According to Laidlaw, the majority of Infidel in Paradise is true in one way or another. Laidlaw doesn’t view herself as an imaginative person. The main character of Emma is based on youth whom she has worked with over the years. Even some of the conversations Emma had in the story were based on ones Laidlaw had myself with Pakistani friends. Laidlaw also lived on the Canadian Compound, just like Emma. The compound was much as she described it, right up to the cobras in the yard that the guards really did shoot. Children also did pick through garbage behind their compound. In addition, the bombings and evacuations in the story happened while Laidlaw lived there. The frequent demonstrations and the way they were dealt with at the school is also factual. Basically, Laidlaw changed the timeline but not the details.

Laidlaw decided to have her main character be a child of a diplomat, because of her familiarity with them. For example, her eldest son was born in Sweden and has lived in Russia, Pakistan, Philippines, and Taiwan, before returning to Canada for college. She notes that while diplomat families face the same challenges as the average person, they also experience unique challenges too. Often they feel a profound sense of loss and alienation due to the constant moving. It’s hard for them to form deep attachments, when they know they’ll soon be moving on, or the object of their affection will be moving on. They rarely feel completely at home in the foreign country they’re living in, yet they don’t feel at home when they return to their country of origin either.

The second reason she wanted to have her main character be a child of a diplomat is that she believes that perspective is rarely reflected in literature. For example, her eldest son will say he’s Asian because his formative years were spent there, despite the fact he’s a blonde, green-eyed young person, with a Canadian passport.

Infidel in Paradise also touches on issues such as culture shock, divorce, danger, politics, and romance. Laidlaw recognizes that one challenge was explaining culture shock in a way that was both accessible and sympathetic to kids who haven’t experienced moving around. It was important for me to get this right, because so often the young people whom she works with feels that everyone thinks their nomadic lifestyle is glamorous, without realizing the grief that comes with having to pack up their entire lives every few years.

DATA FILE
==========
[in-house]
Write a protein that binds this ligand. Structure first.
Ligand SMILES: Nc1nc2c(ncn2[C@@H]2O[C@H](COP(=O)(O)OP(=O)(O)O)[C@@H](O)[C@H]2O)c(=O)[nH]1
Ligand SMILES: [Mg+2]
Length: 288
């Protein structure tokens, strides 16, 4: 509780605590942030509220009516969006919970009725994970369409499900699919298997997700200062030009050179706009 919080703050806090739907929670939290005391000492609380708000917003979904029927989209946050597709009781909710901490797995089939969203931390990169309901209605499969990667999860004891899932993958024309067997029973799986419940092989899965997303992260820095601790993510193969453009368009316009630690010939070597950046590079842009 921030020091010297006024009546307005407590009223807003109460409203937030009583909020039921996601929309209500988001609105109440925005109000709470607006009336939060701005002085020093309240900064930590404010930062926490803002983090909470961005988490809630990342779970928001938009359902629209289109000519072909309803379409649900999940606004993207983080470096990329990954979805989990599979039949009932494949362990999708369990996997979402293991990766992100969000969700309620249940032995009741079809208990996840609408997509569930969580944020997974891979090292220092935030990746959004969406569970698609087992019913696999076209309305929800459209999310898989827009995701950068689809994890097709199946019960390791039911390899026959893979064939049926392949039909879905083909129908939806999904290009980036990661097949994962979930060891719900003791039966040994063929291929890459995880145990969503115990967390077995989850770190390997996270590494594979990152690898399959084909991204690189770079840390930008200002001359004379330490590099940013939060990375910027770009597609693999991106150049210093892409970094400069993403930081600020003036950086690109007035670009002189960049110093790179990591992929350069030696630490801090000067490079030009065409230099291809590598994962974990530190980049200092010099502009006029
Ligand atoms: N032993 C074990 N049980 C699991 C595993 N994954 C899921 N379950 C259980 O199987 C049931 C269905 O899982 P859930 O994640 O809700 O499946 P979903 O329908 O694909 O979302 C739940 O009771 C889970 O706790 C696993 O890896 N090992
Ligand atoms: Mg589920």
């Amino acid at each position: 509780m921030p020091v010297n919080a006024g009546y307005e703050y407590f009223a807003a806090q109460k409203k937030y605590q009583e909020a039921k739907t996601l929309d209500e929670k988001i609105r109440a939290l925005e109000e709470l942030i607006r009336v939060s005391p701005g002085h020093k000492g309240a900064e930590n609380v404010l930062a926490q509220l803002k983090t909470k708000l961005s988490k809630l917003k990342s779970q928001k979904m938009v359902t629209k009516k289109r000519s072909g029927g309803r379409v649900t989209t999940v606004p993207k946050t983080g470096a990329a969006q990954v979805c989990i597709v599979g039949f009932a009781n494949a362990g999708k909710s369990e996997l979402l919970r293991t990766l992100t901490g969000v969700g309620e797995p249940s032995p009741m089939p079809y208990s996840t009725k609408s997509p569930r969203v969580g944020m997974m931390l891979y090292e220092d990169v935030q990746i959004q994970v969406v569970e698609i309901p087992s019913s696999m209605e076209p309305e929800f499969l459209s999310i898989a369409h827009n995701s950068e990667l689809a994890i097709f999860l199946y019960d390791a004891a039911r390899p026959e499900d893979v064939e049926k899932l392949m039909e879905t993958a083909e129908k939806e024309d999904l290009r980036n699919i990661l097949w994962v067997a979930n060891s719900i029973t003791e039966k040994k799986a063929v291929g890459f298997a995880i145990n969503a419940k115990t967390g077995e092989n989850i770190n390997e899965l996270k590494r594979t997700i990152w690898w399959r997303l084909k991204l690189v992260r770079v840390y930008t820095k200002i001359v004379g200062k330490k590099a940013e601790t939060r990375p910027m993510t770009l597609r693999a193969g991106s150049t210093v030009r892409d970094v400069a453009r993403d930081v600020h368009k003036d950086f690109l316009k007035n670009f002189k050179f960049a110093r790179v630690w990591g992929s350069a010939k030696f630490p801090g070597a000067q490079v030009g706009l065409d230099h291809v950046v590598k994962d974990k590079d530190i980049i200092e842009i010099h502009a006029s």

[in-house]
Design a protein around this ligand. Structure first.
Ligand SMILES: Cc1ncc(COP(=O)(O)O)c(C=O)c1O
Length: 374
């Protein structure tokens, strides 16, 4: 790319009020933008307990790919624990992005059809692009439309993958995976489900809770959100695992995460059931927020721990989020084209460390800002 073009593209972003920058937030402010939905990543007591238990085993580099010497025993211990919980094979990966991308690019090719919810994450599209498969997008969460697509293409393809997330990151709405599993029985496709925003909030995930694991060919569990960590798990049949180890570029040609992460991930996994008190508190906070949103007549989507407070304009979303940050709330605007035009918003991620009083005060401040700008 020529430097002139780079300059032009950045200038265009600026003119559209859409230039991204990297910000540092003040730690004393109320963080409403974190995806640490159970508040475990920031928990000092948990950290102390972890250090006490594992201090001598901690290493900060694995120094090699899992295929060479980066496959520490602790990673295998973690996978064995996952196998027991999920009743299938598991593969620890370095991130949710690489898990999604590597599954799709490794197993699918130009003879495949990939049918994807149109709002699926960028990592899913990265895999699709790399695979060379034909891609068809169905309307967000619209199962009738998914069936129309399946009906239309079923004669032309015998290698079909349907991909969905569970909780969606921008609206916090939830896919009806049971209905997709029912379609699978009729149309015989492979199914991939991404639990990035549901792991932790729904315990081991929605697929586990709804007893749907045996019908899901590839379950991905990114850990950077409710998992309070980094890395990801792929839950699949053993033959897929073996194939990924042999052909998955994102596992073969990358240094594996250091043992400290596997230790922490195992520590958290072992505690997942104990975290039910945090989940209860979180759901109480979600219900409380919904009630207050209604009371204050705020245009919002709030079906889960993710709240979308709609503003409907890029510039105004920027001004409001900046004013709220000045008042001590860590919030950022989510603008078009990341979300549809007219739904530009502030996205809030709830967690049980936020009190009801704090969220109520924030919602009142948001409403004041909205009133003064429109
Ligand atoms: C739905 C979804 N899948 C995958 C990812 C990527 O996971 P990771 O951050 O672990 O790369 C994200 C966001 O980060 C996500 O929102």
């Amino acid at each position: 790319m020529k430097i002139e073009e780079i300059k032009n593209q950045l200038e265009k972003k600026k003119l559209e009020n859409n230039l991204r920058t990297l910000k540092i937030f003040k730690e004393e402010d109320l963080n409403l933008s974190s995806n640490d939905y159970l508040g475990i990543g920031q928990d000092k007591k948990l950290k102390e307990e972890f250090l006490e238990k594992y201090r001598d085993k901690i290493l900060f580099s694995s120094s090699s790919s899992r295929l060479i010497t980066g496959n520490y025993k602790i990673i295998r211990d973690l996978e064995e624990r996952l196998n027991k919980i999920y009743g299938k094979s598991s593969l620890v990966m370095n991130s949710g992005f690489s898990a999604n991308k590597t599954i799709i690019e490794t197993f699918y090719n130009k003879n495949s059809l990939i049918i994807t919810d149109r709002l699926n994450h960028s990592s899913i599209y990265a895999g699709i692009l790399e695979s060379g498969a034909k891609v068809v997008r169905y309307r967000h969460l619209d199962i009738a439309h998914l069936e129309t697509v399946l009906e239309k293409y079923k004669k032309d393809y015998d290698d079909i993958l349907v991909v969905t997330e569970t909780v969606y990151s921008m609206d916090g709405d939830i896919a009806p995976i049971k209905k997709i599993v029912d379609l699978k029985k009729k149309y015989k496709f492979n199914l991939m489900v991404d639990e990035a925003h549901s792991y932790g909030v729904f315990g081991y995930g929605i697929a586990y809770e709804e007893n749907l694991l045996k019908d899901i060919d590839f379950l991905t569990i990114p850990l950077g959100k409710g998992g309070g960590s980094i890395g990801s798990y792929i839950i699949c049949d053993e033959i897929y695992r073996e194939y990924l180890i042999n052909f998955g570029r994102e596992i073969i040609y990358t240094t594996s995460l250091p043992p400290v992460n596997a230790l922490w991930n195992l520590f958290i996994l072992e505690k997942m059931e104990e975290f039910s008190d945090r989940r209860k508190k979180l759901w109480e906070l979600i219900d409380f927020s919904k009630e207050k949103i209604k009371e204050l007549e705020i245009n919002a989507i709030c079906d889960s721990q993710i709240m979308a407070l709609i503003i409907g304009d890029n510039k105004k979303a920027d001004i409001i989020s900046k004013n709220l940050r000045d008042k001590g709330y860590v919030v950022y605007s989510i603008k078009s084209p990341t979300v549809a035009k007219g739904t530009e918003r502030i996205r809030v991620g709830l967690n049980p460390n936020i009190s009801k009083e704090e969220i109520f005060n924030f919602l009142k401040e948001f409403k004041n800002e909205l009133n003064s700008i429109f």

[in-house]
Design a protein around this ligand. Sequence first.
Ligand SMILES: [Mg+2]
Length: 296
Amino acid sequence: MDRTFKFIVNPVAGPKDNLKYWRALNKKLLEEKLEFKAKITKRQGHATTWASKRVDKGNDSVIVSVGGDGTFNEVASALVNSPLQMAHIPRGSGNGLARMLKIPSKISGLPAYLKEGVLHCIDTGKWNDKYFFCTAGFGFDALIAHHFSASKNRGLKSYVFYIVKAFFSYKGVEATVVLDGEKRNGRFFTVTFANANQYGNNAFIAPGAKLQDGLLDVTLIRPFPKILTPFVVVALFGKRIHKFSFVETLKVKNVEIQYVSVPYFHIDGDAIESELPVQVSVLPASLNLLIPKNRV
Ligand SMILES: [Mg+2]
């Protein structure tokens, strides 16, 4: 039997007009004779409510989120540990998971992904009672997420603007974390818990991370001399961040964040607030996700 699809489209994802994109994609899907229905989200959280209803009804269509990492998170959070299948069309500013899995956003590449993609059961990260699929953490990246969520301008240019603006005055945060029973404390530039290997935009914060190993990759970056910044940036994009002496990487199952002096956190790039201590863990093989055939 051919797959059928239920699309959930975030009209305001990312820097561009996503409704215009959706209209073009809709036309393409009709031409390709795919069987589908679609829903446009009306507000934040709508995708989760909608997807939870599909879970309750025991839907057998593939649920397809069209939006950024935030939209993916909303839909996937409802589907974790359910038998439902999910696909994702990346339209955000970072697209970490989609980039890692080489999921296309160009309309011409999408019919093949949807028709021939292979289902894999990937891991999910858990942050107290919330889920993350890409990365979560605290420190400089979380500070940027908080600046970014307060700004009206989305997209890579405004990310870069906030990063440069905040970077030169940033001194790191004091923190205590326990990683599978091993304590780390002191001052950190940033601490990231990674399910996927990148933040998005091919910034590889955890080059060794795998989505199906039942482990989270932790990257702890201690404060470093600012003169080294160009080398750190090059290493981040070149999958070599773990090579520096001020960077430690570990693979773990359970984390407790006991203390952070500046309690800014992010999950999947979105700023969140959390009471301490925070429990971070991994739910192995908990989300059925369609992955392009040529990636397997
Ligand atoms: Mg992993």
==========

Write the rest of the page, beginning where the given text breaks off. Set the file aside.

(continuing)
Another thing that was important to Laidlaw was to present a balanced perspective on Islam and cultural practices, like arranged marriage. Because Infidel in Paradise was a book for young adults, Laidlaw approached these issues from a teen perspective. For example, the main character of Emma falls for a boy who’s been promised in marriage to someone else.

Laidlaw says that most challenging balancing act was explaining the political dangers, from demonstrations to bombings, while at the same time showing the kindness and generosity of most Pakistanis. For that reason, has both terrifying experiences at the hands of fundamentalists and uplifting experiences from people who demonstrate kinship of the human spirit.


My notes about Laidlaw’s personal background come from her own website and a page called: biography.

My notes about the cultural background of An Infidel in Paradise come from three different sources:

To read first-hand accounts of the challenges of being a third-culture kid, check out the below sites:

Another excellent resource is TC Kids. This site is defines third-culture kids, shares news about them, and points out additional reading sources.

Twenty-Two Cents by Paula Yoo is a literary and visual experience. As an adult, I enjoyed reading this biography of Muhammad Yunus who established the first microbank. In considering whether or not to recommend Twenty-Two Cents for its target audience of children, I also thought a lot about the wide variety of picture books that exist, including those which are intended to be read aloud.